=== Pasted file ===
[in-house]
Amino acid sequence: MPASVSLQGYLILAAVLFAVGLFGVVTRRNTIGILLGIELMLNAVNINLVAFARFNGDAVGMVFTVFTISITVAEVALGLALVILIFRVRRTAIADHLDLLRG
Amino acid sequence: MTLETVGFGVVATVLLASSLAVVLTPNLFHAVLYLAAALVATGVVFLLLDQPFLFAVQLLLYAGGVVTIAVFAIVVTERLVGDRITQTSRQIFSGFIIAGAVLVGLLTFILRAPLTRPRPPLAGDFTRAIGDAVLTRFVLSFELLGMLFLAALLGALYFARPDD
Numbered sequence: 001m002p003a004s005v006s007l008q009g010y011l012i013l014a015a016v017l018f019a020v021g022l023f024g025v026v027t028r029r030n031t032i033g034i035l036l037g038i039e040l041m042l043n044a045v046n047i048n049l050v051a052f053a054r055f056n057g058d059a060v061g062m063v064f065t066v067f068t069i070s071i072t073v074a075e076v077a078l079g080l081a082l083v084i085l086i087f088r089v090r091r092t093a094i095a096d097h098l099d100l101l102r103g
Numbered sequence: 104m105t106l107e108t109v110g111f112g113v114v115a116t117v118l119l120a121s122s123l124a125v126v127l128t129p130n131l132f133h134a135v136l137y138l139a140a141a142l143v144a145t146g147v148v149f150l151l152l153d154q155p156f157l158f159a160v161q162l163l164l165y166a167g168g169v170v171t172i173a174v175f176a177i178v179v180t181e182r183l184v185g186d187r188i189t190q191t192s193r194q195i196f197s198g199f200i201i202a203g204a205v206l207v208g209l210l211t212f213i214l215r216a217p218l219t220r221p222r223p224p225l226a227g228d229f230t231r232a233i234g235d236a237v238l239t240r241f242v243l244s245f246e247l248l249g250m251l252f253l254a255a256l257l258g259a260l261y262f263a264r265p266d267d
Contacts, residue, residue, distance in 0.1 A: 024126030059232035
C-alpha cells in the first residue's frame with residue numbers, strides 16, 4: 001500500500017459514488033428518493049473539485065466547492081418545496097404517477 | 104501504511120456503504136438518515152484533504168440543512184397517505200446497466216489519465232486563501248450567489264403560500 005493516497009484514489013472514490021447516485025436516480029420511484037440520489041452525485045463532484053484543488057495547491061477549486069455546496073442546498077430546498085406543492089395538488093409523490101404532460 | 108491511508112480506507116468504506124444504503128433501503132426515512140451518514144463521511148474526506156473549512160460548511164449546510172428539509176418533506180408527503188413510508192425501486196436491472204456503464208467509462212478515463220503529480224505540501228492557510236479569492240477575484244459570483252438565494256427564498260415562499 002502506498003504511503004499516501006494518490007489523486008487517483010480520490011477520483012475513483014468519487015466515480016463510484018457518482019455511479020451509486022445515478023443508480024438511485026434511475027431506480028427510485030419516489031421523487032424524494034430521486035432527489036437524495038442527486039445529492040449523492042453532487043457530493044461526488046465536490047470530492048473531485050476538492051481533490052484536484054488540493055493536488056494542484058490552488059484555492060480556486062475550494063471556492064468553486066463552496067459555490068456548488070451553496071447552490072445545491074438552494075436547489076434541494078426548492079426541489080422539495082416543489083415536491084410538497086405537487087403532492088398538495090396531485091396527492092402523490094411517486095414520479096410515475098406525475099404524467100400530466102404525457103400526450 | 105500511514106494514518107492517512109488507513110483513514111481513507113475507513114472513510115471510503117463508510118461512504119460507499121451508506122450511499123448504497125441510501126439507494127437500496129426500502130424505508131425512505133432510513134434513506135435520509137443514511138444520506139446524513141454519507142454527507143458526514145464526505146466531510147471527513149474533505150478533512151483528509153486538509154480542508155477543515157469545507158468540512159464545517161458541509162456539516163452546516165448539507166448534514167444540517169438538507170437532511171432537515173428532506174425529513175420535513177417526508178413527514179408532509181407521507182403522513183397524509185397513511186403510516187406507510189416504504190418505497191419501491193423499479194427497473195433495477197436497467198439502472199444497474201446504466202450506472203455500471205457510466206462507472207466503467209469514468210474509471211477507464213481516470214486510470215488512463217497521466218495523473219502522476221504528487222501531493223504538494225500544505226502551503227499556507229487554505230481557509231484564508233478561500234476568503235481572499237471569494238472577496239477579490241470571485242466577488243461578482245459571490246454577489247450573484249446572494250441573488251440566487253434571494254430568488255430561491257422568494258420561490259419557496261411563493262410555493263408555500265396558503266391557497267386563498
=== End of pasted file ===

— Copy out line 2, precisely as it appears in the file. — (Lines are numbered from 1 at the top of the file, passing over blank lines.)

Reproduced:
Amino acid sequence: MPASVSLQGYLILAAVLFAVGLFGVVTRRNTIGILLGIELMLNAVNINLVAFARFNGDAVGMVFTVFTISITVAEVALGLALVILIFRVRRTAIADHLDLLRG